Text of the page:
James Monroe (New York politician)
James Monroe (born in Albemarle County, Virginia, on September 10, 1799 – September 7, 1870) was an American politician who served as the United States Representative from New York (1839–1841). He was the nephew of President James Monroe.
Monroe was born to Ann and Andrew Augustune Monroe (1755–1826), the older brother of his namesake and future president, James Monroe.
Monroe graduated from the United States Military Academy in 1815, and was commissioned in the Artillery Corps. Shortly after graduating, he was sent to fight in the war with Algiers, and was wounded while serving as a gunnery officer on board the USS Guerriere. From 1817 to 1822, he served as aide-de-camp to General Winfield Scott, receiving a promotion to first lieutenant in December 1818. Upon the re-organization of the US Army in 1821, he was assigned to the 4th Artillery Regiment. In June 1832, he was again appointed as General Scott’s aide for the Black Hawk War, but shortly afterward contracted cholera. He resigned his commission on September 30, 1832 and moved to New York City.
Monroe served as assistant alderman of New York City in 1832, alderman 1833-1835, and president of the board of aldermen in 1834. He was elected as a Whig to the 26th United States Congress, holding office from March 4, 1839, to March 3, 1841. He was a member of the New York State Assembly (New York Co.) in 1850 and 1852.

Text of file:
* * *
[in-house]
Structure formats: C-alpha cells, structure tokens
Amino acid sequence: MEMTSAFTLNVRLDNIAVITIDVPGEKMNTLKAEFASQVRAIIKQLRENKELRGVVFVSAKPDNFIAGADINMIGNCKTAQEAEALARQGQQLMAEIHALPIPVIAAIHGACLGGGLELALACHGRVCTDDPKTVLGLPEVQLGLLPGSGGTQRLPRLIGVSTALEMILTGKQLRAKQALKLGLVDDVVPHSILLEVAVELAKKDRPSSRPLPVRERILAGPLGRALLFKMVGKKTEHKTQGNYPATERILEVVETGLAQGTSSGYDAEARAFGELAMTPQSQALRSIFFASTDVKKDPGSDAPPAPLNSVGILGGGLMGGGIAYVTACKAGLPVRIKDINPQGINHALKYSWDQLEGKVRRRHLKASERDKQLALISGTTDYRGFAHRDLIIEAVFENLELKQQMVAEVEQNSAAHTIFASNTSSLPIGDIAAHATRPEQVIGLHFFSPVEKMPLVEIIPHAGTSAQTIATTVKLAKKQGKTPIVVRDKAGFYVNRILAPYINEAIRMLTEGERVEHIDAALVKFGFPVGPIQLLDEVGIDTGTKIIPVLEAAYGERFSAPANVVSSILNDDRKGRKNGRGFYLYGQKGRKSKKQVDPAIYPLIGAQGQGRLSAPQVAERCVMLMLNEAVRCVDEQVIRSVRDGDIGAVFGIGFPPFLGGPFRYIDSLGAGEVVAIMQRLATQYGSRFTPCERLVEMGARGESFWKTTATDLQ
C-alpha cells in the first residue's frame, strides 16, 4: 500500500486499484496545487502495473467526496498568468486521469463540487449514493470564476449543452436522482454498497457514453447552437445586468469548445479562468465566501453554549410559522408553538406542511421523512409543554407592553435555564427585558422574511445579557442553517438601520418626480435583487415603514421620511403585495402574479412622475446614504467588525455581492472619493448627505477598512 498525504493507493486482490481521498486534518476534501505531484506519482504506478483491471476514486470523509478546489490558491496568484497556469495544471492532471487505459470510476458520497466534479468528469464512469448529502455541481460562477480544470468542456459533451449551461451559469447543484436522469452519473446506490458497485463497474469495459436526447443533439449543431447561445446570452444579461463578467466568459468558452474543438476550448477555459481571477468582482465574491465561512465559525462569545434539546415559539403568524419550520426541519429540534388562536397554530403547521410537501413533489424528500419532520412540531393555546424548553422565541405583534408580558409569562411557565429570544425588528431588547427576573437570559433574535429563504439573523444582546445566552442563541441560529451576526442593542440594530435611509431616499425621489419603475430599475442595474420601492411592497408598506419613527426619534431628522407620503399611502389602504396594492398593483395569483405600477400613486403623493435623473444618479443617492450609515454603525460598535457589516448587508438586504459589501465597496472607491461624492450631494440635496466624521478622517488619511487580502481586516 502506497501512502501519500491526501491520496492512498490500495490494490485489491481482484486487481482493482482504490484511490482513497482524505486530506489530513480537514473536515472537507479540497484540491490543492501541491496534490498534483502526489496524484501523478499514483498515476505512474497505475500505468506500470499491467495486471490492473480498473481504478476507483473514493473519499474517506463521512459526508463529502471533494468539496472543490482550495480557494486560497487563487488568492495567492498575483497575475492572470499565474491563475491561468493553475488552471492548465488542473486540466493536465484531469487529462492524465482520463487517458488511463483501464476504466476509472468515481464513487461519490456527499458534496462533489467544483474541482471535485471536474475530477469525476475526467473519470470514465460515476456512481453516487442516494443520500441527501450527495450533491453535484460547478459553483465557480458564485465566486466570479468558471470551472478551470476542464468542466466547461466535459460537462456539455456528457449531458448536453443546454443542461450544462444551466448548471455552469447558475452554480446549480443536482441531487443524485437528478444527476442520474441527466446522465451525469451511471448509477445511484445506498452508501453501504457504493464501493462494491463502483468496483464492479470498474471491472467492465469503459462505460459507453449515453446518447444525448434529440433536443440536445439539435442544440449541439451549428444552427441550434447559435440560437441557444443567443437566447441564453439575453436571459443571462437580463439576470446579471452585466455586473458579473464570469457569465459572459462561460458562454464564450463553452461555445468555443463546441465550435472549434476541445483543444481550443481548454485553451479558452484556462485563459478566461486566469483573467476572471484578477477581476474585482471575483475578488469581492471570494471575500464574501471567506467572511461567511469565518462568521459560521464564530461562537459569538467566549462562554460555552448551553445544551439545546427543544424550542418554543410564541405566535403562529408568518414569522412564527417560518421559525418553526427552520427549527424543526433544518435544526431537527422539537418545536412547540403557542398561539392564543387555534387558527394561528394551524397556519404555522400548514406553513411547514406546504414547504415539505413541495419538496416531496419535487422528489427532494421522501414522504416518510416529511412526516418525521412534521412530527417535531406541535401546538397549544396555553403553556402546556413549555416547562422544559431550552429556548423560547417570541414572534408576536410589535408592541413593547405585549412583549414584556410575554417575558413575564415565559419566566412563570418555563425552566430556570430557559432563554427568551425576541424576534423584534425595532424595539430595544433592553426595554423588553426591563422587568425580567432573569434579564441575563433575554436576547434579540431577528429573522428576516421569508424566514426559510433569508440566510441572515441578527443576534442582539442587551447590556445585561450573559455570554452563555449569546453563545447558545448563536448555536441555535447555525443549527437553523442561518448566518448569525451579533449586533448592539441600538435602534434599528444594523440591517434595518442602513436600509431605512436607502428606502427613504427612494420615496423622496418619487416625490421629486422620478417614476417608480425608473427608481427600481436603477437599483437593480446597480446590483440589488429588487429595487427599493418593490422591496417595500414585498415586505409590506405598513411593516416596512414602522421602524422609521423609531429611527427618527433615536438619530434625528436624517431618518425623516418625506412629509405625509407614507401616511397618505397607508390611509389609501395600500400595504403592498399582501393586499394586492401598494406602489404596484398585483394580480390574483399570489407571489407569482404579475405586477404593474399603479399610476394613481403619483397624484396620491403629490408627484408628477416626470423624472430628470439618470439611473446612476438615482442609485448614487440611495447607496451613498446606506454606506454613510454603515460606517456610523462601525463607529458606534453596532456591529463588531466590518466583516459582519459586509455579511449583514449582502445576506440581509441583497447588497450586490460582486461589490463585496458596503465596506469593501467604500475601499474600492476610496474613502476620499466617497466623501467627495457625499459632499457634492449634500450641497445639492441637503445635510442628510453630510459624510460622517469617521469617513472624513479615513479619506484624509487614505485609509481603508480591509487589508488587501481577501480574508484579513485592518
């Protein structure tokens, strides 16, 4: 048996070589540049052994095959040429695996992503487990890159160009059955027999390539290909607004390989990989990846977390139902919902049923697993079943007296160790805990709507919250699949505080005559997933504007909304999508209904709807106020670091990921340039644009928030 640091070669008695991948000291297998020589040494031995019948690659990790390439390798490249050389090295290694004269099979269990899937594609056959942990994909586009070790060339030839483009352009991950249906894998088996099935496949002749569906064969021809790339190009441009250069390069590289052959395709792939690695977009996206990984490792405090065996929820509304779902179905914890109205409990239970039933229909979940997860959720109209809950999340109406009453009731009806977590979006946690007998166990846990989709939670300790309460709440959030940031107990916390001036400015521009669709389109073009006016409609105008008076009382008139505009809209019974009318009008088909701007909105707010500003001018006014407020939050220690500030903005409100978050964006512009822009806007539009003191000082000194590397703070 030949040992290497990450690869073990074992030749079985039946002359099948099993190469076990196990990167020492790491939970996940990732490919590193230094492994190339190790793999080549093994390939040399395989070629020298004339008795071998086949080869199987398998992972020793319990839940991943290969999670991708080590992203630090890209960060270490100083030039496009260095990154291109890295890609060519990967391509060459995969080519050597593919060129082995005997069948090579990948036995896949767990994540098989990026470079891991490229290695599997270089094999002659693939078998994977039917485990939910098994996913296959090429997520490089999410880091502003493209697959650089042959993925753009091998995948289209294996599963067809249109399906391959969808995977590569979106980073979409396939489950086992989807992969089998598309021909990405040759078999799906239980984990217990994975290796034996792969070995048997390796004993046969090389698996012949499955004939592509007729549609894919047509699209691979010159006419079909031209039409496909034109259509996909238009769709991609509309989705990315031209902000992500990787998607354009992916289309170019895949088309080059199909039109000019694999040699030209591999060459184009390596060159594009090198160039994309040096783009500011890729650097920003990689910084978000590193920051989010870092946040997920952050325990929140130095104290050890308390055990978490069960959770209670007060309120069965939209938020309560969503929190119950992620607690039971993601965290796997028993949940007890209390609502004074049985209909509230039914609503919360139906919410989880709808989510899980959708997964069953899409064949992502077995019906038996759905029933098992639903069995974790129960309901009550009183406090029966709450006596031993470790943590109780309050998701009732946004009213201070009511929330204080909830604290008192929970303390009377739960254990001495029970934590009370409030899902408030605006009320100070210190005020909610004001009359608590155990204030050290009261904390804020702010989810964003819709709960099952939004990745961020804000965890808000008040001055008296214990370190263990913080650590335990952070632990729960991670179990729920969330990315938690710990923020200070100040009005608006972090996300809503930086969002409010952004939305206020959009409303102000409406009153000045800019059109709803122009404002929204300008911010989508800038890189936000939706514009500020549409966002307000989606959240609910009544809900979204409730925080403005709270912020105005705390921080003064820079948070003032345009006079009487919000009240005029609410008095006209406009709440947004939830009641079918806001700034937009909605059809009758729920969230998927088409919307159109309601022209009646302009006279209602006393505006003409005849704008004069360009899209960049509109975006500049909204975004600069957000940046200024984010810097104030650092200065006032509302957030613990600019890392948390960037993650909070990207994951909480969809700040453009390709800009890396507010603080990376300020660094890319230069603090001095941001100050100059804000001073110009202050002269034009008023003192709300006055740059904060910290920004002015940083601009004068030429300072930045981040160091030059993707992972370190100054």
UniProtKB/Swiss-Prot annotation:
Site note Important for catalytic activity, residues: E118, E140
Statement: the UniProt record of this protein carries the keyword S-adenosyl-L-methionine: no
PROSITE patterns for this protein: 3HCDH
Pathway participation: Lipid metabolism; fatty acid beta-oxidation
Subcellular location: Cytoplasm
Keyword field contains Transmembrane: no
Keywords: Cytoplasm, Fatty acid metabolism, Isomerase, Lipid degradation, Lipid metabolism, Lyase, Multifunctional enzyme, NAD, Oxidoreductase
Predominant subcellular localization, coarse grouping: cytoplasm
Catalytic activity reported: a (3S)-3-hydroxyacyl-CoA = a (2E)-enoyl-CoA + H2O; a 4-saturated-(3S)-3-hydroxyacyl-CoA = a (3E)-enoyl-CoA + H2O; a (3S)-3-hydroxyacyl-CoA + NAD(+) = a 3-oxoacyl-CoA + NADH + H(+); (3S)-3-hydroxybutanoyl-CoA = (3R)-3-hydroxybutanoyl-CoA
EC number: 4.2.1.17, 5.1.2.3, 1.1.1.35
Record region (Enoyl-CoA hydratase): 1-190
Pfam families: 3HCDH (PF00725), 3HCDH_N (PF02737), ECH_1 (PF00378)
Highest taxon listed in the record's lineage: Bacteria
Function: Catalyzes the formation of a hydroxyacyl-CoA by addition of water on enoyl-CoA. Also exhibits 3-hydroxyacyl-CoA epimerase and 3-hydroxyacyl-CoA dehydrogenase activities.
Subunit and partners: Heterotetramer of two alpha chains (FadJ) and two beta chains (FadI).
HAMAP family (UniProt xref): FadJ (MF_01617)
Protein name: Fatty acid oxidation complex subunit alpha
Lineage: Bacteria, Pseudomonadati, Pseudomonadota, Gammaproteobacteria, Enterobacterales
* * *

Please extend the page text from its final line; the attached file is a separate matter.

His family consisted of his wife, Eliza Douglas Monroe (1799–1852), son William D. Monroe, and daughter Fanny (1826–1906). Following his wife's death he retired from public life to Orange, New Jersey, where he died on September 7, 1870 at age of 70, days before his 71st birthday. He is interred at Trinity Church Cemetery in Manhattan.
|United States House of Representatives|
Churchill C. Cambreleng,
|Member of the U.S. House of Representatives
from New York's 3rd congressional district
1839 – 1841
with Edward Curtis, Moses H. Grinnell and Ogden Hoffman
Charles G. Ferris,
James I. Roosevelt,